Let $X$ and $Y$ be sets with $m$ and $n$ elements respectively and let $f:X\rightarrow Y$ be a function from $X$ to $Y$.
Show that if $f$ is surjective, then $m\geq n$.
I know this should be true since in words a surjective can be seen as:
"For every element in the codomain, there is at least one element of the domain mapping onto it".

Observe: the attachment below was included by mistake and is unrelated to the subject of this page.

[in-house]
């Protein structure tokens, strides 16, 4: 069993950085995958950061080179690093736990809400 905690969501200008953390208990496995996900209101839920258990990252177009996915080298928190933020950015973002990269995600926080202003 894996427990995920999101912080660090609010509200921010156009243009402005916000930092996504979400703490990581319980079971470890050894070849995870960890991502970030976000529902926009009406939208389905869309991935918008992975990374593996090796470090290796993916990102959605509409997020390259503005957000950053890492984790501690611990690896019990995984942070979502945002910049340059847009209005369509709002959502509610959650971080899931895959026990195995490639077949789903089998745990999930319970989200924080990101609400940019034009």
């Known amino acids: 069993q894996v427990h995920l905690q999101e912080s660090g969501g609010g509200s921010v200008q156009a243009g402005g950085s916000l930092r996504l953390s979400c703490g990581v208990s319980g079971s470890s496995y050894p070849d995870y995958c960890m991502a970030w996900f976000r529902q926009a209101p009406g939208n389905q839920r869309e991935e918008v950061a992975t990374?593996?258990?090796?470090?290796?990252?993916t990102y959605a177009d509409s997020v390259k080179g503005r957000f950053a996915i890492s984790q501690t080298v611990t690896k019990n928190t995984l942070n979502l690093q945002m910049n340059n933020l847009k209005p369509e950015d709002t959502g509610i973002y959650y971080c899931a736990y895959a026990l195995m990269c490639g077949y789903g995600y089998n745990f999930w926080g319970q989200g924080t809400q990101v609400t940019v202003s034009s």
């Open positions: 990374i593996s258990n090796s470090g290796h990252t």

I'm having trouble converting this idea into a proof. My guess is I need to show that at least $n$ maps from $Y$ to $X$ are possible for distinct values of $x$. If this is the case, we can assert $m \geq n$.
So far I basically have the definition with quantifiers.
Proof: Show than at least $n$ distinct maps from the codomian, back to the domain are possible.
Since $f$ is surjective, $\forall y \in Y, \exists x \in X : f(x) = y.$